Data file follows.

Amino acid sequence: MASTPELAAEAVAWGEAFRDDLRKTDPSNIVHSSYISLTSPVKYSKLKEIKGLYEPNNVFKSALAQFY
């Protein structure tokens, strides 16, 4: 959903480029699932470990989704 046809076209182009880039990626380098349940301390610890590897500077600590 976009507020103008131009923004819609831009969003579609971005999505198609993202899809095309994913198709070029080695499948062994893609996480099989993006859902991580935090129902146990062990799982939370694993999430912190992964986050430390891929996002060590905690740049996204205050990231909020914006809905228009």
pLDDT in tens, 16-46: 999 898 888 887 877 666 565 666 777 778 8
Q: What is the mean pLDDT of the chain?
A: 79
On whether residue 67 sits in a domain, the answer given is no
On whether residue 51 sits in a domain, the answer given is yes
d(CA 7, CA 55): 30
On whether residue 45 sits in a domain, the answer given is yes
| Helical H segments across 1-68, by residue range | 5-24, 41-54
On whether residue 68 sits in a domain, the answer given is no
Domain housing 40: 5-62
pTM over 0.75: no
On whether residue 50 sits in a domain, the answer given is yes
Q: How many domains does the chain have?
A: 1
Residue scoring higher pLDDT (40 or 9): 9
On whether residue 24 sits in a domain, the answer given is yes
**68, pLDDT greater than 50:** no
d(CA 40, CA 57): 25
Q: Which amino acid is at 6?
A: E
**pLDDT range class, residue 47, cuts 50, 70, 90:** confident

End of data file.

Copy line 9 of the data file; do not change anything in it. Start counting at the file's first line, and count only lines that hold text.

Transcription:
On whether residue 45 sits in a domain, the answer given is yes